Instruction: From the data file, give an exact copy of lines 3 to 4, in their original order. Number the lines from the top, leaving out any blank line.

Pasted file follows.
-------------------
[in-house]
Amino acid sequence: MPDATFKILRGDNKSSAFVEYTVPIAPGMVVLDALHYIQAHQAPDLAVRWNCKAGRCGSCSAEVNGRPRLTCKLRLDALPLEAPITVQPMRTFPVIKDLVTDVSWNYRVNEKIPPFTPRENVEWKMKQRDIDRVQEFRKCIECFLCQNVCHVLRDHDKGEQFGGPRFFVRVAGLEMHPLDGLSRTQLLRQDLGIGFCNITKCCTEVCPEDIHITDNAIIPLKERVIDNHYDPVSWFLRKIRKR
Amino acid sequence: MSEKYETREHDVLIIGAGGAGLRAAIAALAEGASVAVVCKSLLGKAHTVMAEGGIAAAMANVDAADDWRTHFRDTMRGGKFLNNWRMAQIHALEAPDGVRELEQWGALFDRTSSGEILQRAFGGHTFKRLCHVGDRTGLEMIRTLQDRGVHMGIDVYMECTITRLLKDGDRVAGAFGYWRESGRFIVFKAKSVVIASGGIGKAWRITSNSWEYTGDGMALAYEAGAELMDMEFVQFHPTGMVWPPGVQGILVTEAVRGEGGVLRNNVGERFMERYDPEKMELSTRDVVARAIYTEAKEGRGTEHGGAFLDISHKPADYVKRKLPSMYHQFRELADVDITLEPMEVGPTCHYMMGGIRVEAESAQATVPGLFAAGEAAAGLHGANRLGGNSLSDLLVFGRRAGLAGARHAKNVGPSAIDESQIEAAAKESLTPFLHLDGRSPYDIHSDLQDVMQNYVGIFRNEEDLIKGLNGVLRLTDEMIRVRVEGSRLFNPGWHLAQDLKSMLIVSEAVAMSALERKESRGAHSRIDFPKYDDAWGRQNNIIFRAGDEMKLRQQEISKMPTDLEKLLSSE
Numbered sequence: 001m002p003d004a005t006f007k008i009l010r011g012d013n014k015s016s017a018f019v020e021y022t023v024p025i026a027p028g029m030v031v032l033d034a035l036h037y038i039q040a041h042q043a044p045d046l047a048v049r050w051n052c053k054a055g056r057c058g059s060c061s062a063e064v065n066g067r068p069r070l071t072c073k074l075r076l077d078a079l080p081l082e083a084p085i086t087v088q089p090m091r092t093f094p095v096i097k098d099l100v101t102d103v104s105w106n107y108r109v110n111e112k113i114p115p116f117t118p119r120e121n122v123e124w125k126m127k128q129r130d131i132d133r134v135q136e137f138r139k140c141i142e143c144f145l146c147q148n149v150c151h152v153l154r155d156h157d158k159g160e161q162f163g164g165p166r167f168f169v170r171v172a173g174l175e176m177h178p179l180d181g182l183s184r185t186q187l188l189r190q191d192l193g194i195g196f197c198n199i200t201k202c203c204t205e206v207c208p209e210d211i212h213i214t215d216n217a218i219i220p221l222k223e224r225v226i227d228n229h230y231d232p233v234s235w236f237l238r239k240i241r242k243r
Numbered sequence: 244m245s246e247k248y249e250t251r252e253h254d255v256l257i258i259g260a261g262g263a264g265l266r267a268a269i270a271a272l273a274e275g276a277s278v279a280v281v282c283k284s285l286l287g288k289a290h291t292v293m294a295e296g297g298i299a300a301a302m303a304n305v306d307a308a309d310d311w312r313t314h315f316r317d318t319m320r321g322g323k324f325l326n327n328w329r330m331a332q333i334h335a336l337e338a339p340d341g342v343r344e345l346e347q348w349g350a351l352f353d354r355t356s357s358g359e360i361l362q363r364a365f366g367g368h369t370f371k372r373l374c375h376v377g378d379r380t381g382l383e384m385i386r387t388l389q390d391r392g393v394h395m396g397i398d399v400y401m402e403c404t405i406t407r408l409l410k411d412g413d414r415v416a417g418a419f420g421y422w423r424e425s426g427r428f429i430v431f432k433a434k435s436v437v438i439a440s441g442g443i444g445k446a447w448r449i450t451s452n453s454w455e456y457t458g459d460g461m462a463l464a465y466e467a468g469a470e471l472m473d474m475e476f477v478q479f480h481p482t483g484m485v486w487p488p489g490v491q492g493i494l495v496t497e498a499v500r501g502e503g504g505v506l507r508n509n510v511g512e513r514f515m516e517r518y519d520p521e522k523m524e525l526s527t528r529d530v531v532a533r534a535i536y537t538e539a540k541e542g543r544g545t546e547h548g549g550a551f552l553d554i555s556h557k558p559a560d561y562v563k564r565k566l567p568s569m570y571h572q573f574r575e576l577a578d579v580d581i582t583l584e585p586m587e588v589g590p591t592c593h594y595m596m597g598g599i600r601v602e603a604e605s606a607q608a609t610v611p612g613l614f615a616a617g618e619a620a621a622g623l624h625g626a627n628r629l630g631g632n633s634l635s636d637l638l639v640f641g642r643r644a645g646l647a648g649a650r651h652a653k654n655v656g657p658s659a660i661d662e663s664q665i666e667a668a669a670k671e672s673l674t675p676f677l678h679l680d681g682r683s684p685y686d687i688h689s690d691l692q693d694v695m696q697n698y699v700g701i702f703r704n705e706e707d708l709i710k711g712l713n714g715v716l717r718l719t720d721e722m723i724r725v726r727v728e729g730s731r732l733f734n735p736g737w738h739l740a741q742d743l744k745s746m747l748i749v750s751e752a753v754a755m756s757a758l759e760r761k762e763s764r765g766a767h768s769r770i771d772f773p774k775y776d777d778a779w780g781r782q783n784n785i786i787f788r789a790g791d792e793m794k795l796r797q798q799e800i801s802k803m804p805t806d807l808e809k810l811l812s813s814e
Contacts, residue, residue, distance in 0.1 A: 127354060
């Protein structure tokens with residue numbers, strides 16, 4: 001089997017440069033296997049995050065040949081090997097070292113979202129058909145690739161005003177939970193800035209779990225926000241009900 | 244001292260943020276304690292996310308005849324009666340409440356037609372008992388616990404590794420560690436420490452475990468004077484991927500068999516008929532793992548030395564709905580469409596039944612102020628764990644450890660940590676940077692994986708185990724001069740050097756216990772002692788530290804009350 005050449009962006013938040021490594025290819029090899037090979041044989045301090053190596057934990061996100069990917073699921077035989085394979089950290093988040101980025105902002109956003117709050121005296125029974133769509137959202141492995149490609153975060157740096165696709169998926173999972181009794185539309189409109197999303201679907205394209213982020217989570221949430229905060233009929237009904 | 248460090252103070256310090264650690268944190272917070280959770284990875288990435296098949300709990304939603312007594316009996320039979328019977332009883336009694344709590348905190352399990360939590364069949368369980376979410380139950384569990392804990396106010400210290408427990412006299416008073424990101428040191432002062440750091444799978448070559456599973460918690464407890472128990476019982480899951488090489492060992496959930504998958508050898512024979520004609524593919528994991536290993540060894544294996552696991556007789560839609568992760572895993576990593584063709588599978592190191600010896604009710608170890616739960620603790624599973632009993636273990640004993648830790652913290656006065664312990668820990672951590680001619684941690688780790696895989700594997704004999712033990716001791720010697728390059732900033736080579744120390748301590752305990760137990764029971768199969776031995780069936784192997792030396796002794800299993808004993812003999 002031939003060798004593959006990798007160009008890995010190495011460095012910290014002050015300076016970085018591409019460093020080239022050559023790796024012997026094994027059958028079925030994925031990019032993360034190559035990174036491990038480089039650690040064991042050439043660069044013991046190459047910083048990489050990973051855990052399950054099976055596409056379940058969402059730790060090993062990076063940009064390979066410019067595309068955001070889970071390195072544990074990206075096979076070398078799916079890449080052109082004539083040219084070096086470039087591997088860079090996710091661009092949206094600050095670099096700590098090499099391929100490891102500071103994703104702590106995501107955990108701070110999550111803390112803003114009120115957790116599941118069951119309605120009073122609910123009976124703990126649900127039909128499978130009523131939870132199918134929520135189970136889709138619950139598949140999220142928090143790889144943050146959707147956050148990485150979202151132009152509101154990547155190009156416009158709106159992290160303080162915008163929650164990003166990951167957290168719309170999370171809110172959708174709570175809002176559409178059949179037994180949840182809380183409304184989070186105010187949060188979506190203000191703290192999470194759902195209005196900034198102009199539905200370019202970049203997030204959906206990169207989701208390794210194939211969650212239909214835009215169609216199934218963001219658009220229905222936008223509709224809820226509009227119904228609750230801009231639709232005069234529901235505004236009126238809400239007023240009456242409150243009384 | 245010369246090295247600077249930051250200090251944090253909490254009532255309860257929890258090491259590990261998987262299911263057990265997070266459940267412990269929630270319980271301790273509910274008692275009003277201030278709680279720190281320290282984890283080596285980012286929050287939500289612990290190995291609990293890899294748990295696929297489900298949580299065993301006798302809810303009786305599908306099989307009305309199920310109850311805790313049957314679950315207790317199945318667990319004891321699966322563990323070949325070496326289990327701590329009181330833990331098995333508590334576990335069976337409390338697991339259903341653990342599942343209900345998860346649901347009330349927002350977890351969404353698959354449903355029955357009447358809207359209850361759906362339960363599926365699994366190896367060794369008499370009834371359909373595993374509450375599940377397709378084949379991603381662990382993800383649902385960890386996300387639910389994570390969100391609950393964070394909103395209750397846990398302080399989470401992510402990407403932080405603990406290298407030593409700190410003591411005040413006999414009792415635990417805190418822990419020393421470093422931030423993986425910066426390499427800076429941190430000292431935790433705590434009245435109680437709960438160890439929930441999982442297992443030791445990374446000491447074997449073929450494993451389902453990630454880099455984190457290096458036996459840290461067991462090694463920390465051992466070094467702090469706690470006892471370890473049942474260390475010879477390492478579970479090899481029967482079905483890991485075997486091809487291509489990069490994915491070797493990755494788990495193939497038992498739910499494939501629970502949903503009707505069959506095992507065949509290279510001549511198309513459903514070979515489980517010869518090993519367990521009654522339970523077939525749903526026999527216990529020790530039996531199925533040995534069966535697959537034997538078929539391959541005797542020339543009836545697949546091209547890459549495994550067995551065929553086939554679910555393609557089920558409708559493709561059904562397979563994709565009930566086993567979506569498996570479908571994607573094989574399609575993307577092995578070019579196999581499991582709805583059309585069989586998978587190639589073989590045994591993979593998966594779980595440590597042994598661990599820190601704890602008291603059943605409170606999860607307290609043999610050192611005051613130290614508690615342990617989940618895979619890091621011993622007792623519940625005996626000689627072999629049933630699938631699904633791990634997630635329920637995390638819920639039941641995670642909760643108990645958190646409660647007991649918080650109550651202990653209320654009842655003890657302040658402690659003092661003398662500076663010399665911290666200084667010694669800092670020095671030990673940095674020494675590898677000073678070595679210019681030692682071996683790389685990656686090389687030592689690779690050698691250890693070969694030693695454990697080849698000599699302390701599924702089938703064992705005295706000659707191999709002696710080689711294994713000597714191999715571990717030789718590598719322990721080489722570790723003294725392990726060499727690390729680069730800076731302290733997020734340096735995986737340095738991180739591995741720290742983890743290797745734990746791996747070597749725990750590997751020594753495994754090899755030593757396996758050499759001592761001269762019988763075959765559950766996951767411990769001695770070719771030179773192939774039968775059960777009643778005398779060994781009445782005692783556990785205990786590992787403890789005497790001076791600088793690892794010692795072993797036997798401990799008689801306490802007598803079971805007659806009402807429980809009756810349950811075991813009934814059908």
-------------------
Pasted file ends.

Amino acid sequence: MSEKYETREHDVLIIGAGGAGLRAAIAALAEGASVAVVCKSLLGKAHTVMAEGGIAAAMANVDAADDWRTHFRDTMRGGKFLNNWRMAQIHALEAPDGVRELEQWGALFDRTSSGEILQRAFGGHTFKRLCHVGDRTGLEMIRTLQDRGVHMGIDVYMECTITRLLKDGDRVAGAFGYWRESGRFIVFKAKSVVIASGGIGKAWRITSNSWEYTGDGMALAYEAGAELMDMEFVQFHPTGMVWPPGVQGILVTEAVRGEGGVLRNNVGERFMERYDPEKMELSTRDVVARAIYTEAKEGRGTEHGGAFLDISHKPADYVKRKLPSMYHQFRELADVDITLEPMEVGPTCHYMMGGIRVEAESAQATVPGLFAAGEAAAGLHGANRLGGNSLSDLLVFGRRAGLAGARHAKNVGPSAIDESQIEAAAKESLTPFLHLDGRSPYDIHSDLQDVMQNYVGIFRNEEDLIKGLNGVLRLTDEMIRVRVEGSRLFNPGWHLAQDLKSMLIVSEAVAMSALERKESRGAHSRIDFPKYDDAWGRQNNIIFRAGDEMKLRQQEISKMPTDLEKLLSSE
Numbered sequence: 001m002p003d004a005t006f007k008i009l010r011g012d013n014k015s016s017a018f019v020e021y022t023v024p025i026a027p028g029m030v031v032l033d034a035l036h037y038i039q040a041h042q043a044p045d046l047a048v049r050w051n052c053k054a055g056r057c058g059s060c061s062a063e064v065n066g067r068p069r070l071t072c073k074l075r076l077d078a079l080p081l082e083a084p085i086t087v088q089p090m091r092t093f094p095v096i097k098d099l100v101t102d103v104s105w106n107y108r109v110n111e112k113i114p115p116f117t118p119r120e121n122v123e124w125k126m127k128q129r130d131i132d133r134v135q136e137f138r139k140c141i142e143c144f145l146c147q148n149v150c151h152v153l154r155d156h157d158k159g160e161q162f163g164g165p166r167f168f169v170r171v172a173g174l175e176m177h178p179l180d181g182l183s184r185t186q187l188l189r190q191d192l193g194i195g196f197c198n199i200t201k202c203c204t205e206v207c208p209e210d211i212h213i214t215d216n217a218i219i220p221l222k223e224r225v226i227d228n229h230y231d232p233v234s235w236f237l238r239k240i241r242k243r